The GMOS observations were carried out at the 8.1 m Gemini South and North telescopes in their long-slit spectroscopic modes. At Gemini South, observations taken before June 2014 used the GMOS-S E2V detector array, which consists of three adjacent 2048 × 4608 pixel CCDs separated by two 2.″8 wide gaps and a pixel scale of 0.073 arcsec pix−1 in unbinned mode and spectral response of approximately 0.36 to 0.93 µm. Observations taken after June 14 used the new Hamamatsu CCDs detector array, with improved the red sensitivity (Gimeno et al. 2016). The Hamamatsu array consists of three 2048 × 4176 pixel CCDs separated by two gaps of 4.″88 wide (61 pixels in unbinned mode) and the scale is 0.08 arcsec px−1 in unbinned mode. The spectral response is 0.36 to 1.03 µm. The slits used for the observations have dimensions of 330 arcsec long and 0.″75 or 1.″5 wide. The diffraction gratings R400 and B600 were used with the 1.″5 slit (R ≃ 1000) and the B1200 grating was used with the 0.″75 slit (R ≃ 2300). The details of the observations are shown in Table A.2. The configurations were chosen to allow us to detect some of key stellar lines from spectral classification, such as the blend of C and N ions at 4650 Å (generally detectable in Of and [WR] stars), He II at 4686 and 5412 Å, C III at 5696 Å and C IV at 5806 Å (present in O and [WC]), key lines of hot O-type stars (4058 Å of N III, 4471 Å of He I and 4089–4116 Å of Si IV) and key lines of WN (4604–4620–4944 Å of N V). The achieved signal-to-noise ratio (S/N) was up to 30 at 4600 Å.

The Isaac Newton Telescope (INT) observations were performed with the Intermediate Dispersion Spectrograph (IDS) at the INT2 on La Palma, Spain. IDS observations were carried out using the EEV10 and Red+2 detectors with the R632V grating (reciprocal dispersion 0.9 Å px−1) in a central wavelength of 5100 Å. This spectrograph setup provides a resolution of R ∼ 2300 and spectral range coverage from approximately 4000 to 6200 Å. For each target three exposures were taken. The exposure times ranged from 1800 to 2100 s depending on the target’s brightness. In all cases the slit was orientated along the parallactic angle.

The spectra were reduced following standard procedures, using tasks from iraf3 included in the GEMINI package (gemini.gmos iraf package). The raw images were processed as follows: overscan and combined bias subtraction, flat-field correction, cosmic ray removal (iraf task gscrrej or cosmicray), and one-dimensional spectra extraction (performing sky subtraction). The wavelength calibration was performed by fitting a four-order Legendre polynomial to the arcs. Finally, we rectified the continuum, in the science spectra, averaged the two or three spectra of each target, and shifted the combined spectra in wavelength to zero radial velocity.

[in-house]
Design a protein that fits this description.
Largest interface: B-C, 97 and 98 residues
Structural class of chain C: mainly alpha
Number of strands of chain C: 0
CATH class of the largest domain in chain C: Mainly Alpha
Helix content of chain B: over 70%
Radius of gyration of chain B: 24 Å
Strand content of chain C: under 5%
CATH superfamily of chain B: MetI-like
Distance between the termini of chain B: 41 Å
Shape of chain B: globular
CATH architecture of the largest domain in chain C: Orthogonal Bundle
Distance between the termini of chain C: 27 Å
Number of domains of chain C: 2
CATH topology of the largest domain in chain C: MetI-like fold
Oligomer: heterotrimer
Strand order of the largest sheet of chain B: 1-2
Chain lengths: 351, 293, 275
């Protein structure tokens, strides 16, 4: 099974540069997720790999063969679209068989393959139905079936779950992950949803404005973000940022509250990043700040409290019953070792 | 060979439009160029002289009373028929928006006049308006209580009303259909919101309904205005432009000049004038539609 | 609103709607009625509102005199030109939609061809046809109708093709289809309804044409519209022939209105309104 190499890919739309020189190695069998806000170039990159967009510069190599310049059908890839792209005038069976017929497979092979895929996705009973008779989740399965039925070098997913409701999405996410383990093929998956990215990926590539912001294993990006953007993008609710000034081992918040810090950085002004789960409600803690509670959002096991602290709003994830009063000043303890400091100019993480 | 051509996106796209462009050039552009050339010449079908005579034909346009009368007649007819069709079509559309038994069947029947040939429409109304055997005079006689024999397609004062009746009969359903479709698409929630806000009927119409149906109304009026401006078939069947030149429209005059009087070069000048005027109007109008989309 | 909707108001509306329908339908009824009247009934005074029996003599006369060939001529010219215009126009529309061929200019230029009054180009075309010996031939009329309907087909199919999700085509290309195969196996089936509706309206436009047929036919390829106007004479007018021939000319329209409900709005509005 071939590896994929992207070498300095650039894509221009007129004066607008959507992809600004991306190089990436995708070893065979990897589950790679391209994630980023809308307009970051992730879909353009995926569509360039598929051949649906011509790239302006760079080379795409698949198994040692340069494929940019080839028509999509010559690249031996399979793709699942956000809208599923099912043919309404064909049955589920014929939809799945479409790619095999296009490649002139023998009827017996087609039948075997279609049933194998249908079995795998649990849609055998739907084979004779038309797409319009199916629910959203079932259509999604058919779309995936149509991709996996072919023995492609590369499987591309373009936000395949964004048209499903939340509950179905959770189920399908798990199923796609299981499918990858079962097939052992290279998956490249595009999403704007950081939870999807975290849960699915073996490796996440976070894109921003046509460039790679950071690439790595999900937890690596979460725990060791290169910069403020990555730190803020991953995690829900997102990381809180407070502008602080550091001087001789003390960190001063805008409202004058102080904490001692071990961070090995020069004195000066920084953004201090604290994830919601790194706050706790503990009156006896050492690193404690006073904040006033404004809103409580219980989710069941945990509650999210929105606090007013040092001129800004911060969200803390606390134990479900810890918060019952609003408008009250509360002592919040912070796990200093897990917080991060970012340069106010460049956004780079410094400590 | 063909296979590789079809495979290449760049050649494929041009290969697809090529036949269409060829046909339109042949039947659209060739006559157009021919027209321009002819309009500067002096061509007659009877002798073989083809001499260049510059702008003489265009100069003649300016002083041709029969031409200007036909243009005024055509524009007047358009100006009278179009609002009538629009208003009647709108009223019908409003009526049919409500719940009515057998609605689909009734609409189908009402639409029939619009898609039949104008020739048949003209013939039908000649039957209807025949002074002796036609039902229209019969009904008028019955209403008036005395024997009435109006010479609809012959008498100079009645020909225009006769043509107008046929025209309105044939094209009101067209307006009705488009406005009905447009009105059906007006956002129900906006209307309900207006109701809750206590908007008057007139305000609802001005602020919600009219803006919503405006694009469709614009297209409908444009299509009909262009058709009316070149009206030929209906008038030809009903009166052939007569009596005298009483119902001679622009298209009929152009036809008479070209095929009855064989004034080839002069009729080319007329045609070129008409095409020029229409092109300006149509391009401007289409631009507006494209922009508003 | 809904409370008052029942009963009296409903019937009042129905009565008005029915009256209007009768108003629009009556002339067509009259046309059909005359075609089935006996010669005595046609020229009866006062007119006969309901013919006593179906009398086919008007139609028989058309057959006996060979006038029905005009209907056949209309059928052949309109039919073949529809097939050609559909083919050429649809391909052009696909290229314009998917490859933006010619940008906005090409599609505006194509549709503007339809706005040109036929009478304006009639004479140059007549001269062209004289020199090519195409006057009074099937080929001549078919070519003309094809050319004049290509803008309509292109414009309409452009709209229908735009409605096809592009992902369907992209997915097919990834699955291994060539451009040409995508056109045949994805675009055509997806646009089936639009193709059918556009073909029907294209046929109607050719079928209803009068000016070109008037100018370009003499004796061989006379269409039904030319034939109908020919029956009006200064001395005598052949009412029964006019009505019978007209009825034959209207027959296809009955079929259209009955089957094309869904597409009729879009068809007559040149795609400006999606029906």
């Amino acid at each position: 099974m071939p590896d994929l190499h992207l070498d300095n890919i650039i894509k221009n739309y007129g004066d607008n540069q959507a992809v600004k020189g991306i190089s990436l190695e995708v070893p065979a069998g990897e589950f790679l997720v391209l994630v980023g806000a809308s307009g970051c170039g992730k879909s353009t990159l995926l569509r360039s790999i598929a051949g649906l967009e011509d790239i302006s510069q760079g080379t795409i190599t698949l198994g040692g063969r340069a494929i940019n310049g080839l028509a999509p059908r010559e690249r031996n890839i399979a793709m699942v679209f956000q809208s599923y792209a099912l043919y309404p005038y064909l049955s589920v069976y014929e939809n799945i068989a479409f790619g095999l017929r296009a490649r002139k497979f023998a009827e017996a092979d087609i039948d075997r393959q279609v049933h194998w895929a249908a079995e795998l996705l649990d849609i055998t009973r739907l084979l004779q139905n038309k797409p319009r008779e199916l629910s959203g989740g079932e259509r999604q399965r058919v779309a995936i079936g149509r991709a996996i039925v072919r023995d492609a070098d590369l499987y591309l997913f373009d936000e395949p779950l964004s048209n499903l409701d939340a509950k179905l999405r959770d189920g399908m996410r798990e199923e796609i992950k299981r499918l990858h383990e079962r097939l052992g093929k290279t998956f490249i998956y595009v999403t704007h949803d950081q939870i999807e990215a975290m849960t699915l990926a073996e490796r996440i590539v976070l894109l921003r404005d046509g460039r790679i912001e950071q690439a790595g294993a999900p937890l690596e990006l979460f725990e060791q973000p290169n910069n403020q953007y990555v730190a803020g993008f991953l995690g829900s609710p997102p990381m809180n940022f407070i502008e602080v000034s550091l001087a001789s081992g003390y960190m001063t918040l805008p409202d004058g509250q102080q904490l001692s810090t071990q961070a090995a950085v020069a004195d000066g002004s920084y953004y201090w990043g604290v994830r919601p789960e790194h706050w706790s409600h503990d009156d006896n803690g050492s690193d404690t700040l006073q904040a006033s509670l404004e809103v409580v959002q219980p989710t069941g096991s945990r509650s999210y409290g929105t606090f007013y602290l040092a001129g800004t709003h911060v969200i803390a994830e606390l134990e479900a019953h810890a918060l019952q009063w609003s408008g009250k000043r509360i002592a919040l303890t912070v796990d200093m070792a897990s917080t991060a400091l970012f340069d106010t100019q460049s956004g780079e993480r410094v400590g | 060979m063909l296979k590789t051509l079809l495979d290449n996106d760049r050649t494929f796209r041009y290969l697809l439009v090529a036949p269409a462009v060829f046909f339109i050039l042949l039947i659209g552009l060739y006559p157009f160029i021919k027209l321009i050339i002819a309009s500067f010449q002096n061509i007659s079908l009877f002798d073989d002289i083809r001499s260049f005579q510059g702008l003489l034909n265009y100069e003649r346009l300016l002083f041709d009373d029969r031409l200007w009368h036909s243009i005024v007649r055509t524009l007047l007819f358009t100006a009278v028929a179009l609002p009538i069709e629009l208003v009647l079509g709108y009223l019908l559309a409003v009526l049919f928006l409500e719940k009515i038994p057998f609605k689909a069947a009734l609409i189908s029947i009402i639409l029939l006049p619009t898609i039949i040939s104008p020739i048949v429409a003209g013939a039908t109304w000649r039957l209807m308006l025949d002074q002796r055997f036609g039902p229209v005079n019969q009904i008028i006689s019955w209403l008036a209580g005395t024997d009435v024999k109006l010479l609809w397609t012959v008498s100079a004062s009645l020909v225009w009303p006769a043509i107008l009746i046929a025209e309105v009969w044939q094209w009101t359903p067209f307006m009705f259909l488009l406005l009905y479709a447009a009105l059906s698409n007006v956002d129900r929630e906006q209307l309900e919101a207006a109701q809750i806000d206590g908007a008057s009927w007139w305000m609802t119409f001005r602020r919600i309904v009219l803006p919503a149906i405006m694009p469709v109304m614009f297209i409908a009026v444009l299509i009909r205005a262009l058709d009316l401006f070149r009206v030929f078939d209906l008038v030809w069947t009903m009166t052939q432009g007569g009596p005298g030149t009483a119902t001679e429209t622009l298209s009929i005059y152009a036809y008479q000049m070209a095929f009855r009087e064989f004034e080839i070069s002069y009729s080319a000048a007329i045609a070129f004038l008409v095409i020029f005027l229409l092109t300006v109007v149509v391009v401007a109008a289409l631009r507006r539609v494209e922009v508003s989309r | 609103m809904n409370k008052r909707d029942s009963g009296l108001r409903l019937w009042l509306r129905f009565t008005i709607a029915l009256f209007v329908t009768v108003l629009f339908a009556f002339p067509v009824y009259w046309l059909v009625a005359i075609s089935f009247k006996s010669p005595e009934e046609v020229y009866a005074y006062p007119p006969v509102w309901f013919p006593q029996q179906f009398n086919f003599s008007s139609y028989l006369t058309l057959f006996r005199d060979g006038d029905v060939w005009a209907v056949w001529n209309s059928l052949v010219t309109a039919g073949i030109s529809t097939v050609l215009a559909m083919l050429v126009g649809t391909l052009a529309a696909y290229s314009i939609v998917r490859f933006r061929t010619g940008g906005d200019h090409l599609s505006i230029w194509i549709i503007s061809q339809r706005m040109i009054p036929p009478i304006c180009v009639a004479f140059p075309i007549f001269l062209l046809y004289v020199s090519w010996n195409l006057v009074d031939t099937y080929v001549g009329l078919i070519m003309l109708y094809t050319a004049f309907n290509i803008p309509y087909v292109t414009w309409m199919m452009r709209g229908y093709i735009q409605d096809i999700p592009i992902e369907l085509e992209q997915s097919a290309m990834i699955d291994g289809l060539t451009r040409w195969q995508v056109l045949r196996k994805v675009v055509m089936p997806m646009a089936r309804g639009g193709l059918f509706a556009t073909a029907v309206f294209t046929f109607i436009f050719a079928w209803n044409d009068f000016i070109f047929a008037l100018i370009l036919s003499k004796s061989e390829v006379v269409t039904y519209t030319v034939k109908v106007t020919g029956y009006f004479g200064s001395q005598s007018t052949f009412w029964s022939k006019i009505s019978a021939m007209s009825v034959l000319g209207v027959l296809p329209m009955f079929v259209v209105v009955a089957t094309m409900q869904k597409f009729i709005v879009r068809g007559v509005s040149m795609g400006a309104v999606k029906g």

The process for the subtraction of the nebular contribution to the CSPN spectra deserves a special mention here as it a delicate task. This process, indispensable for detecting possible stellar absorption lines, depends strongly on the angular size and spatial line profile of the PN. In Table A.3, we indicate if nebular subtraction was performed. In general this was possible for objects with angular size larger than 10 arcsec. The nebula spectrum was subtracted from the stellar one by interpolating the intensity of the nebular regions on opposite sides of the CSPN (normal to the dispersion). In general, we used a constant, but in more complicated cases we required a higher-order polynomial. However, in some objects this procedure did not work well (e.g. when the intensity of emission lines was not constant spatially or when the subtraction worked well for only some of the emission lines) and we decided not to subtract the nebular contribution.

For the sample presented in this paper the only selection criteria applied was to observe the brightest CSPN that had, up until these observations, lacked a spectral classification. In addition, we obtained spectra of some CSPN that in Paper I are classified as weak emission-line star (WELS), O-type, H-rich or continuous, with the aim of improving that classification.

3. Spectral classification

3.1. Main criteria

We used the updated spectral-classification system for early OB stars, proposed by Sota et al. (2011, 2014). When possible, we determined the spectral qualifiers proposed by Sota et al. (2011, Table 3). It is appropriate to point out that the current classification system is qualitative, that is, comparing the unknown spectrum with the grid provided by Sota et al. (2011). In the case of O-type stars, we also added a label when the object was observed to be H-rich, following the notation of Mendez (1991).

Some caution is required with the identification of the He I features. A non-detection should be interpreted as either He I not being present, or present but masked by nebular emission. This leads to an uncertainty in the sub-type classification.

When we could not determine a specific spectral type, we adopted the following classification:

  • O(H): Balmer and He II absorption lines detected (but no He I nor N to determine sub-type).

  • H-rich: Balmer lines detected but neither He I or He II.

  • O: only He II absorptions lines detected (take into account that this classification includes the sub-type O(H), O(He) and O(C)).

  • cont.: a high S/N spectrum in which no stellar features and He II emission lines were detected.

  • Emission line: spectrum where no absorption lines are present but the observed emission lines have a stellar origin (for example C IV at 5806 Å).

3.2. Other criteria: Lines in the yellow range